With all the disarray and uncertainty (or disruption) around, the future we imagine easily reveals our worst fears rather than what we aspire to. In the face of such a situation, we tend to direct attention toward preserving the current status quo and imposing solutions from the past, which can be an impediment. But it doesn’t have to be that way. None of this arises necessarily if we bring new opportunities into reality, especially opportunities we genuinely care about and that evolve through a larger process of building what we truly want—what I refer to as creating desired futures.
Silicon Valley is the high tech place aiming to build a better worldRead about the innovation ecosystem that drives engineers there
PARC, Xerox’s research company, invented the future of the officeUnderstand why they failed to bring their innovation to market
Xerox had refused to implement the idea for a laser printer for yearsLearn what it took to convince management of the idea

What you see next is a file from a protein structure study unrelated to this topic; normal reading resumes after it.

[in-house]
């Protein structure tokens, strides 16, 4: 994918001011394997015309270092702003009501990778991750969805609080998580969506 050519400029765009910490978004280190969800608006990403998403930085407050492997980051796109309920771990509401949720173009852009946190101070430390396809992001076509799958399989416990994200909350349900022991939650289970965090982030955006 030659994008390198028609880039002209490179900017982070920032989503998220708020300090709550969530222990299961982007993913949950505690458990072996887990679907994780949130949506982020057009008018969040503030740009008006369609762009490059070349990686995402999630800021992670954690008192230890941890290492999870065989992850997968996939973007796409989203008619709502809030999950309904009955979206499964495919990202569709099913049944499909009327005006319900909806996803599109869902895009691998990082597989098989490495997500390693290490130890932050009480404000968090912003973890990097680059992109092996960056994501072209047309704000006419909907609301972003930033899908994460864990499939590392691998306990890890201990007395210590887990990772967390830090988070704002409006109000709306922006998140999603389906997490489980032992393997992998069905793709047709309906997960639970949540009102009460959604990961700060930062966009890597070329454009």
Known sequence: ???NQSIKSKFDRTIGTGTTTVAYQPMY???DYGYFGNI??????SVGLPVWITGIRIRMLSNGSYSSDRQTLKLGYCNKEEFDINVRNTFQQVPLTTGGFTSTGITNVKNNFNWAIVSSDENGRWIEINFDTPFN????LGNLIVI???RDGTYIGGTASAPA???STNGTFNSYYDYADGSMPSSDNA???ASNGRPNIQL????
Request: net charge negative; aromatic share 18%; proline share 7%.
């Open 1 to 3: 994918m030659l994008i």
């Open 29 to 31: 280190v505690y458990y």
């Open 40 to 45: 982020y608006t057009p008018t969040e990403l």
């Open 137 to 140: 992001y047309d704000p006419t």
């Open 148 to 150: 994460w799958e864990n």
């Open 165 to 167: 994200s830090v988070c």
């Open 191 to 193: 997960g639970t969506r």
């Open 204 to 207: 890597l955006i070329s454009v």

Kodak invented digital imaging and invested heavily in the businessGet the missing picture of why this global company really failed
There are three principal ways I love to engage with organizations and individuals—as a speaker, as an advisor, and as an educator. In each case, the format will be customized to the needs of the specific client and audience.
I work with organizations to tackle complex challenges by creating a new and meaningful future (rather than solving a problem from the past). The role in which I see myself is of an expedition leader, part of a moment in time when things are changing from one state to another. That enables me, together with my client, to identify where issues are occurring, formulate in the sharpest possible way what the issues are, and develop opportunities to intervene.